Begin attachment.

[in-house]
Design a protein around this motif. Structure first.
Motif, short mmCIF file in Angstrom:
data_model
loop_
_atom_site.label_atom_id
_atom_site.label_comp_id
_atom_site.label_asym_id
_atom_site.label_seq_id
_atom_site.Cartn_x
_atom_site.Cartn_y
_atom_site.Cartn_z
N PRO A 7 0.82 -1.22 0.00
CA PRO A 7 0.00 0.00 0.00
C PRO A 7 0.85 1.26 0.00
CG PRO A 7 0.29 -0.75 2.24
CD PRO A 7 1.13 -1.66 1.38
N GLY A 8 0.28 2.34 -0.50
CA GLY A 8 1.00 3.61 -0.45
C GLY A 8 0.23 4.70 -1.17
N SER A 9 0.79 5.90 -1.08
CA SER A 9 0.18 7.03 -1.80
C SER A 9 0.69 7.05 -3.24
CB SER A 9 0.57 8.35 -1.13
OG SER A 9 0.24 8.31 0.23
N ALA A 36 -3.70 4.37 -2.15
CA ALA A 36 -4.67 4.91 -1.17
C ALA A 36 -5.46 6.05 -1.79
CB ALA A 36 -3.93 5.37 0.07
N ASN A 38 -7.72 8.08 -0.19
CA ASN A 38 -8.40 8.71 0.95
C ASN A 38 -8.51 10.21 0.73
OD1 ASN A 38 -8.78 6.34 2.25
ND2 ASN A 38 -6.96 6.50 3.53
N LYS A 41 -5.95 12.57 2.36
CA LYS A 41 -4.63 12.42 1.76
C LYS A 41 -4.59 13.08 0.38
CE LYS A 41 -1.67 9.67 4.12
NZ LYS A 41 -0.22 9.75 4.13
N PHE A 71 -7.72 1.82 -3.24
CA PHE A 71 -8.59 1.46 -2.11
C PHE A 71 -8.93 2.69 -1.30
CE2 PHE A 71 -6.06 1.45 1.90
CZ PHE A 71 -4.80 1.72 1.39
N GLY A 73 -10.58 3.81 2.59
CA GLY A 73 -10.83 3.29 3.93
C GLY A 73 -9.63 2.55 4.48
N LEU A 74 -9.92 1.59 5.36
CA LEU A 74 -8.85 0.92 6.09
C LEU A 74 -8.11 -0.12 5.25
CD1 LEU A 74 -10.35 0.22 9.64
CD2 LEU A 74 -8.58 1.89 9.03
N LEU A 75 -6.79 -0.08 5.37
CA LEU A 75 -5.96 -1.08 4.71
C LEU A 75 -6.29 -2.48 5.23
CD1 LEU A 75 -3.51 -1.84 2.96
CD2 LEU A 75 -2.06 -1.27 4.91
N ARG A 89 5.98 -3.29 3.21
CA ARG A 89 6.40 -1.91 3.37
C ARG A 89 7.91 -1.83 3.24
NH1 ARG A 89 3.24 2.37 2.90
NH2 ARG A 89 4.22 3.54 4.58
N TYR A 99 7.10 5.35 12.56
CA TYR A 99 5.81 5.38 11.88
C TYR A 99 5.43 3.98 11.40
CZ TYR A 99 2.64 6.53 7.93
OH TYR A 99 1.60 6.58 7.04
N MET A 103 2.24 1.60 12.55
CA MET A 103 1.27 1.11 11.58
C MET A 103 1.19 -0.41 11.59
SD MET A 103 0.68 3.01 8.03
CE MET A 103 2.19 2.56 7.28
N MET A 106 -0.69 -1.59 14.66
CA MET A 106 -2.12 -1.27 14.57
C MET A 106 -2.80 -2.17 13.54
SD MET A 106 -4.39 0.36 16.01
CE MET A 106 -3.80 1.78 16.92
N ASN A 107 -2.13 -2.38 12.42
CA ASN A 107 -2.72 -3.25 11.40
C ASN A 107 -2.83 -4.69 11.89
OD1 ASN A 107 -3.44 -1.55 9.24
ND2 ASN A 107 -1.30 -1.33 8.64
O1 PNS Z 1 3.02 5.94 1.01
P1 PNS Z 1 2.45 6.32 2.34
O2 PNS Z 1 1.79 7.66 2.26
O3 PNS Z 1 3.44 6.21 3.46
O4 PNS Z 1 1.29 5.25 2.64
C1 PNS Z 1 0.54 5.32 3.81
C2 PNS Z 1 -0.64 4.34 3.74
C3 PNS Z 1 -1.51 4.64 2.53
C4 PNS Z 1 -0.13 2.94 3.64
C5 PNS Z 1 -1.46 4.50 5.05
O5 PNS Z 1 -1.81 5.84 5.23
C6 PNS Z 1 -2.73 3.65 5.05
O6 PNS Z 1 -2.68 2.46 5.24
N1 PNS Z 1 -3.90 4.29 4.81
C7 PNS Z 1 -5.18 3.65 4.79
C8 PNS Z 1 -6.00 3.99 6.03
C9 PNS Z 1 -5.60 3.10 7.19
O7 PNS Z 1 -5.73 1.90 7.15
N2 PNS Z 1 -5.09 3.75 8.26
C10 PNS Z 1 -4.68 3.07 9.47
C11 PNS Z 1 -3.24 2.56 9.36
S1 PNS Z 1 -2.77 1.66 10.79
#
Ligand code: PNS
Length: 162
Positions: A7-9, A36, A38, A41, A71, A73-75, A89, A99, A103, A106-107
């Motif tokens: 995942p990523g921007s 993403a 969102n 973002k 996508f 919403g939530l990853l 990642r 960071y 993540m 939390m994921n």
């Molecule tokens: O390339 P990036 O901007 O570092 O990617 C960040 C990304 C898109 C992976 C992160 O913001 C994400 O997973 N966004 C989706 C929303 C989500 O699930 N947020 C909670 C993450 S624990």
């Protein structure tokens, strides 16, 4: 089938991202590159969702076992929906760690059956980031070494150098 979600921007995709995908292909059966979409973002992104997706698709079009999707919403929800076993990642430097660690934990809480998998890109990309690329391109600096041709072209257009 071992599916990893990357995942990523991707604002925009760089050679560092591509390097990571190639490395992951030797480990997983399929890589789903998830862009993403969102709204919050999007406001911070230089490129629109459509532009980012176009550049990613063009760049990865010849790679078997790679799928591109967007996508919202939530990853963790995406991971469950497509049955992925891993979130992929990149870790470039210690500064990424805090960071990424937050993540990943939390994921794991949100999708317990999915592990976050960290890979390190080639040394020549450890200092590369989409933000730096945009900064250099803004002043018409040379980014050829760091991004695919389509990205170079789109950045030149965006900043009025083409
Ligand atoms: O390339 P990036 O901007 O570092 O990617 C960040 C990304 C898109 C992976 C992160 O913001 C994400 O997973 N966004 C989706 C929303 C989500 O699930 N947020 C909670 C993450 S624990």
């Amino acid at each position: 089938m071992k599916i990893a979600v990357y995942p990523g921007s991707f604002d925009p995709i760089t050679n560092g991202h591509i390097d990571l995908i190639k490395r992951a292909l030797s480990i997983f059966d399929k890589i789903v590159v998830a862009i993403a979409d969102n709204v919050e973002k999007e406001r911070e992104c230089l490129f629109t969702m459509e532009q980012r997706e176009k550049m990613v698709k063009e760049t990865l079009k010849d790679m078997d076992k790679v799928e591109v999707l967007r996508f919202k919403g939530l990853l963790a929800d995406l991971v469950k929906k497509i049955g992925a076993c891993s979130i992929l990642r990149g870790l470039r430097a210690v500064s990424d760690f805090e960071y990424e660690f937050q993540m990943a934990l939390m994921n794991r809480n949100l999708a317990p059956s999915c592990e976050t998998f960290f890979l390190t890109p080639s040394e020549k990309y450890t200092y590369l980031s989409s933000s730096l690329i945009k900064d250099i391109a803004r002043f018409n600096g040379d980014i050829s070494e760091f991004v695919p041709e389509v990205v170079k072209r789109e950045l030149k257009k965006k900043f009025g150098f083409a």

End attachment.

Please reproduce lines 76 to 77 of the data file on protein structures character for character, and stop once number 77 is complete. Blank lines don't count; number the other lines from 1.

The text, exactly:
SD MET A 106 -4.39 0.36 16.01
CE MET A 106 -3.80 1.78 16.92